Sex, it is a common part of life (not to mention the primary cause). While the mention of sex can make some folks giggle and others quite uncomfortable, this is a topic that needs to be discussed. This is because, while no doubt most of us consider this aspect of life a private affair (some celebrities aside), there are many who are or will be impacted by ambiguous government policy on how the NDIS treats sex. So in the spirit of shaping a better, more person-centred NDIS for all of us, let’s talk about sex.
[Media description: video of the song ‘Let’s talk about sex’ performed by Salt-N-Pepa]
The National Disability Insurance Agency has made clear that the NDIS will fund supports that are assessed as reasonable and necessary.Officially, the NDIA’s view on what is a reasonable and necessary support under the NDIS is that the support;
At the outset of the NDIS it promised ‘personalised’ and ‘innovative supports and services’. It aimed at increasing the independence and quality of life for individuals living with disability. Despite this, there is still a lot of ambiguity on the personal issue of sexuality, with a lot of the innovation left to individuals to figure out with their support providers or alone.
There is some evidence of the NDIA engaging with service users around the issue of sex education for those living with an intellectual disability including safe boundaries and addressing high risk sexualised behaviours. There is no doubt that this is positive, what is missing is any acknowledgement of the sexuality of those living with physical disability.
Sexuality is something that is part of life for many and can have a major impact on both our relationships and how we see ourselves. Yet for those living with disability sex seems to be a topic that remains ignored.
While the NDIS is a National initiative, State governments have an important role to play as regulators of sexual services. In 2016, the SBS program Insight explored the issue of sex, disability and the NDIS, highlighting the opportunity and challenges of the scheme and how State regulations limit what might be possible for participants.
In 2015 the World Health Organisation delivered a concerning report that showed “people with disabilities are twice as likely to find health-care providers skills and equipment inadequate to meet their needs, three times more likely to be denied care, and four times more likely to be treated badly” and further, that “Health-care providers may consider that people with intellectual disabilities or other disabilities should not have a sexual life, reproduce or look after children, and therefore should not need sexual and reproductive health services.”
This is alarming given that in the same year a survey was conducted by the Australian Bureau of Statistics (ABS) which reported that nearly one out of every five Australians was living with a disability. Taken together, we can see that large numbers of our population are not getting the information and support they need with regards to their sexuality. It is also worrying that some care professionals may be neglecting the sexual health of their patients due to stigma and misunderstanding.
Research has demonstrated that for individuals with acquired spinal injuries the impact this will have on their sexuality and sex lives is one of their major concerns. For many living with a physical disability, sexuality remains an unaddressed issue even though there are aids and equipment that can be utilised to address many issues. With the support of Physios and Occupational therapists, people can learn to safely use various aids if needed.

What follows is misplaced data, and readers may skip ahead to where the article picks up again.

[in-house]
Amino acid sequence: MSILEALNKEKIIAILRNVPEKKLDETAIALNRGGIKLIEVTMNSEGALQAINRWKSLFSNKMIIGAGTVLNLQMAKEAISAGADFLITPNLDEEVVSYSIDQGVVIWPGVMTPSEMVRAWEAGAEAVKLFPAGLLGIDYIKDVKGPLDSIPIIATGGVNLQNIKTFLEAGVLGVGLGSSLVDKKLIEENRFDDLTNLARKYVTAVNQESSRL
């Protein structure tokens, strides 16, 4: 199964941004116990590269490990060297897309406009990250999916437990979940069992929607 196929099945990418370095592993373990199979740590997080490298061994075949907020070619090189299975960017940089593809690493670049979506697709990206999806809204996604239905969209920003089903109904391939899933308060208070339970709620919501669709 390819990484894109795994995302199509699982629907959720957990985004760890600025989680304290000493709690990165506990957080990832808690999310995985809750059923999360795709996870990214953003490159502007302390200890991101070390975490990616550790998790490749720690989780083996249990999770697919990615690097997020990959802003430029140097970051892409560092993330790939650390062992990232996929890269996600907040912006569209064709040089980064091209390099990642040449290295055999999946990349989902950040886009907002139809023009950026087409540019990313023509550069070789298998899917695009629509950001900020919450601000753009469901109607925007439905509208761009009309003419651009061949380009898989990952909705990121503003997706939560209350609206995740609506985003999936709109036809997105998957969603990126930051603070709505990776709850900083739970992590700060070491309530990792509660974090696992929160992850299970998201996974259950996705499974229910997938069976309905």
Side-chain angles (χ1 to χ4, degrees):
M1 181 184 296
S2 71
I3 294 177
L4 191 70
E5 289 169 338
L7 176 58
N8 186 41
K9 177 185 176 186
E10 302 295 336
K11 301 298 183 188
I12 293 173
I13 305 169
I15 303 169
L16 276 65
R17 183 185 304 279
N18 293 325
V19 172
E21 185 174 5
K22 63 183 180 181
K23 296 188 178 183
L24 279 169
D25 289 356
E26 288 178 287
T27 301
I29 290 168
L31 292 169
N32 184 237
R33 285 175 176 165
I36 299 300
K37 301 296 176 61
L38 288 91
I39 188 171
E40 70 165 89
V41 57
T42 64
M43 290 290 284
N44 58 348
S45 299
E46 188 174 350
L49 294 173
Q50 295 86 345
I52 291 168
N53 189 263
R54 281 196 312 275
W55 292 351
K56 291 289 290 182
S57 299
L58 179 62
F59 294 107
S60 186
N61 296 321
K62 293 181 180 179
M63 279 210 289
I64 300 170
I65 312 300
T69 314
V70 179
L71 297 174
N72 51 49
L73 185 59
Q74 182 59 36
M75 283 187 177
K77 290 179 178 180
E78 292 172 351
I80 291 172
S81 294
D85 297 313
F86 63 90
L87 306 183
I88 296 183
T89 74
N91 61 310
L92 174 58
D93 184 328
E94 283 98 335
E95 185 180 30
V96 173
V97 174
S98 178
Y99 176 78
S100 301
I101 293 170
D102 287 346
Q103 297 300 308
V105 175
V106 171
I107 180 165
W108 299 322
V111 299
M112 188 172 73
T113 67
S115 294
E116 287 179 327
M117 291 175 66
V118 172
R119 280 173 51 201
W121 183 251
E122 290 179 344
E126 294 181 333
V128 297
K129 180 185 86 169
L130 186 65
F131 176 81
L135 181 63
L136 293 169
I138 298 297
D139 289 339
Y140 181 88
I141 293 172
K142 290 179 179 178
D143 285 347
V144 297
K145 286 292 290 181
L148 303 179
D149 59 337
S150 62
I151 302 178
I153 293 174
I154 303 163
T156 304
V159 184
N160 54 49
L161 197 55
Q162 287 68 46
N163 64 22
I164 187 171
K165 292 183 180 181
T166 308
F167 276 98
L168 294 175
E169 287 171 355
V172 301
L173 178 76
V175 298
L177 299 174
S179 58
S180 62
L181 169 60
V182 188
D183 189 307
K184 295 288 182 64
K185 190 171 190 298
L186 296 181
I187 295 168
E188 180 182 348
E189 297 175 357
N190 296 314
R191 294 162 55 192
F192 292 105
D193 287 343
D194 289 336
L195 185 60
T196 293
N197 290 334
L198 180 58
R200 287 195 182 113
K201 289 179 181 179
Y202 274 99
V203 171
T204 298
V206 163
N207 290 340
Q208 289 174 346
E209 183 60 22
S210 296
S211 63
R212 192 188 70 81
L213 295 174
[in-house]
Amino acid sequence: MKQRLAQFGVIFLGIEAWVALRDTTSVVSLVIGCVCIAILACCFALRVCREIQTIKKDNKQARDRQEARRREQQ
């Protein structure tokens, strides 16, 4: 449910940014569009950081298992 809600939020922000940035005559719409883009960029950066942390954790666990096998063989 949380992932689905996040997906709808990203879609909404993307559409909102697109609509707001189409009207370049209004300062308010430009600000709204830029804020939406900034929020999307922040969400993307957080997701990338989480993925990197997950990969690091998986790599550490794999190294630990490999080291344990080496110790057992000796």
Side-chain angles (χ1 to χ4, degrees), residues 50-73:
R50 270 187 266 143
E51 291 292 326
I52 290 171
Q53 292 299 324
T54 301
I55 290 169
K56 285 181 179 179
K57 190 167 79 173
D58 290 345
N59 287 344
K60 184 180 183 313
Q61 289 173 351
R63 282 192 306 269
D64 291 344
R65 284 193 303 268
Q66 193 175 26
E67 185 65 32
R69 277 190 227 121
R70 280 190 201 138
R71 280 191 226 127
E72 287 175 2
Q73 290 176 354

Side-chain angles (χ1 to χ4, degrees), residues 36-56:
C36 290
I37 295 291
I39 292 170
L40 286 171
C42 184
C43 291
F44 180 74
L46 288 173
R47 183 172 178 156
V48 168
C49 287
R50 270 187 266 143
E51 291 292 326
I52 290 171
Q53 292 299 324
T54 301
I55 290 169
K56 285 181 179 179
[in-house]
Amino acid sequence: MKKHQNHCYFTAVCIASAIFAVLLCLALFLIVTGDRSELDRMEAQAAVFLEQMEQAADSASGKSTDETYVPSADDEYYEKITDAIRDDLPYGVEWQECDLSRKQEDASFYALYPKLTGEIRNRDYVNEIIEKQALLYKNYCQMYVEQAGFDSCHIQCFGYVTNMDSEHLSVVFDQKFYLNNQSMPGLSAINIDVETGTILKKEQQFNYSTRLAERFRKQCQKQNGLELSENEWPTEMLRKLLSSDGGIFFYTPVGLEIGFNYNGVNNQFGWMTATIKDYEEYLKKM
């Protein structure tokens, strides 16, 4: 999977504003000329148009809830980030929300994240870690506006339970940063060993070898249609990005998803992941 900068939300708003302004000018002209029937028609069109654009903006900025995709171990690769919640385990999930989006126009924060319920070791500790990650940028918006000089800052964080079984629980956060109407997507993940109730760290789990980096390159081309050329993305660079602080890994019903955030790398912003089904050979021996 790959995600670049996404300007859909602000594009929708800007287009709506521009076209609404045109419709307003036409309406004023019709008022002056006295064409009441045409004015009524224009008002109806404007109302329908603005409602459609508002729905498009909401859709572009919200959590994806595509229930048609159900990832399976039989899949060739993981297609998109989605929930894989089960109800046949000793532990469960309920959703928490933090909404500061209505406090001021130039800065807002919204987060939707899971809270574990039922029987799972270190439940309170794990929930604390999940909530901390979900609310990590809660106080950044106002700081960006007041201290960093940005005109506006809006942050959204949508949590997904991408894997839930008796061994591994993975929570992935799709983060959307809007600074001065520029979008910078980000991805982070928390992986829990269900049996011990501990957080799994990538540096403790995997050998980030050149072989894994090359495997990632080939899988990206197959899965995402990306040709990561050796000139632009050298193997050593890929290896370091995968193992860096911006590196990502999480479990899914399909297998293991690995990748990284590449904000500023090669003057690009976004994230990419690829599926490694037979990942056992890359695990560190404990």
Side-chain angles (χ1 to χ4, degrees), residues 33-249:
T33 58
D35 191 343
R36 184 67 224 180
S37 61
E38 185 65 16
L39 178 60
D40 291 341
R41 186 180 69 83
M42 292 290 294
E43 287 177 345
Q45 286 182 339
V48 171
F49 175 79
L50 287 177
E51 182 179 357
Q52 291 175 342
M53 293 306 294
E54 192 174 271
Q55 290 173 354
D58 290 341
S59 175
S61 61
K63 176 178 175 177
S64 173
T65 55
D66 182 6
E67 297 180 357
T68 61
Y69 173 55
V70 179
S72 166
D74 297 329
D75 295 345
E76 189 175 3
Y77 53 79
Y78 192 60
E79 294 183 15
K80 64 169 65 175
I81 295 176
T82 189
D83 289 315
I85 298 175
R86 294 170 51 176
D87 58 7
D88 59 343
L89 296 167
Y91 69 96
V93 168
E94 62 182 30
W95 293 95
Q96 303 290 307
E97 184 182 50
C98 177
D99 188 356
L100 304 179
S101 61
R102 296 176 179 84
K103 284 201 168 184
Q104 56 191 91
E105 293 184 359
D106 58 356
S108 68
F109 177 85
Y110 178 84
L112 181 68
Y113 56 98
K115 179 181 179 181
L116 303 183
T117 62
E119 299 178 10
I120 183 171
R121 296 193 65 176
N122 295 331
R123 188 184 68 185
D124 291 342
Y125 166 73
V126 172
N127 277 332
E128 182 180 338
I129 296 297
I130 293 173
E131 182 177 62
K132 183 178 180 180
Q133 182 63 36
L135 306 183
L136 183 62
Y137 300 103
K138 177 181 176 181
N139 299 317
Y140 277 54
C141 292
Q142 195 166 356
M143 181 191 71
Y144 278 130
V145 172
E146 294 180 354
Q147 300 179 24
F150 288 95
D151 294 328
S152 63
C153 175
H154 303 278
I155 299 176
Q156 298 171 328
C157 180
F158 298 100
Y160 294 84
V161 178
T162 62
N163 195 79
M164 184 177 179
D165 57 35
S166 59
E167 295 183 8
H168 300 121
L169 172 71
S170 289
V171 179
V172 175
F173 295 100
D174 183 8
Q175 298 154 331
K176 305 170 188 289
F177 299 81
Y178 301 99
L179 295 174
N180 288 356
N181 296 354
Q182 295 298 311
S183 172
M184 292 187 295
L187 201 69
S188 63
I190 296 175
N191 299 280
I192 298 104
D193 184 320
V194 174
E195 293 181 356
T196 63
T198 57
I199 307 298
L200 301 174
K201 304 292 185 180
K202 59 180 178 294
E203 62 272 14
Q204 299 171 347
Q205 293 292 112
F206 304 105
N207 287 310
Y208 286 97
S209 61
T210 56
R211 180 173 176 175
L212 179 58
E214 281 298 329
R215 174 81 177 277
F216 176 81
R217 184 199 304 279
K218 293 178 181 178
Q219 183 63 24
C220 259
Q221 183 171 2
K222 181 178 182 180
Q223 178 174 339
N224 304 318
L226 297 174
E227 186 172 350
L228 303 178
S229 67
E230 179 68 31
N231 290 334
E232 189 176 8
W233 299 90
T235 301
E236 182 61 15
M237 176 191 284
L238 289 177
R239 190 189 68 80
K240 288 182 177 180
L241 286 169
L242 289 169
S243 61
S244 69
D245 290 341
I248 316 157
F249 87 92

For many, disability has a direct impact on their freedom to participate sexually in life. With the use of specialised aids and equipment this can be addressed to allow the individual to fully live the sexual aspects of their lives.
Even when the need for access to these aids and equipment is directly related to a disability the NDIA does not appear to highlight sexuality as an important issue. It would seem that for many, having access to this type of support would certainly have value. However, in this instance it seems that value may be being prescribed by the NDIA rather than the service user, in such a way that contributes to the negative stereotype that limits full social inclusion for people with disability.
It is possible that the NDIS may consider the purchase of such equipment but without a clear policy, it’s up to us to share solutions and ideas in our community. This is not a perfect solution, sex and sexuality can be a sensitive topic and past research specific to spinal rehabilitation suggests that many individuals will not ask for information or support.
More than anything, the biggest thing providers of supports can do is be supportive. Be willing and open to have these conversations and provide constructive support. To help people find providers that are positive about sexuality and inclusion, we also have an option for providers to show they offer sexuality supports. This isn’t a standard NDIS category, but we welcome providers to update their CareNavigator profile and be a part of driving this change for a more inclusive NDIS. If you are a sexuality positive provider, let our community know and update your profile today!
It can sometimes feel like you’re facing this challenge alone. Know that this is not the case and that there is a community of people facing this same challenge, just like you. If you have experience of how to work within the system to support sexual inclusivity, share your advice – there are many navigators who want to learn from you. If you know a provider that has been amazing in supporting you with this challenge, let us know about them and share your advice with us here. The more we share advice and grow the community, the less taboo this challenge becomes and the better the outcomes for everyone ?